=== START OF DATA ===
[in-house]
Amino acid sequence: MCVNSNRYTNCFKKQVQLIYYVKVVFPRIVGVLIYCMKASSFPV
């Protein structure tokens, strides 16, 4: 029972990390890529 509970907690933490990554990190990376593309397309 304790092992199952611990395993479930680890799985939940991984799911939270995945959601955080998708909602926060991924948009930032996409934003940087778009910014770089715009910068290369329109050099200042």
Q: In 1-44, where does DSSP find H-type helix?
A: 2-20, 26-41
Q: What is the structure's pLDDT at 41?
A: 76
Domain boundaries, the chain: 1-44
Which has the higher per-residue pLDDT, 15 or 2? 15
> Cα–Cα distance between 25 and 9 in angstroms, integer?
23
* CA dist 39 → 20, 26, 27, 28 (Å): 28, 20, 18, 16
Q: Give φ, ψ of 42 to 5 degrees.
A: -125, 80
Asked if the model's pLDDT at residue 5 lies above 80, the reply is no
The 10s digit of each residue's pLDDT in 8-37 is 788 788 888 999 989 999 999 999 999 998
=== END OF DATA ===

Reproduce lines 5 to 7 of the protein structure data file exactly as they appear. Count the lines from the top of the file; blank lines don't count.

A: 2-20, 26-41
Q: What is the structure's pLDDT at 41?
A: 76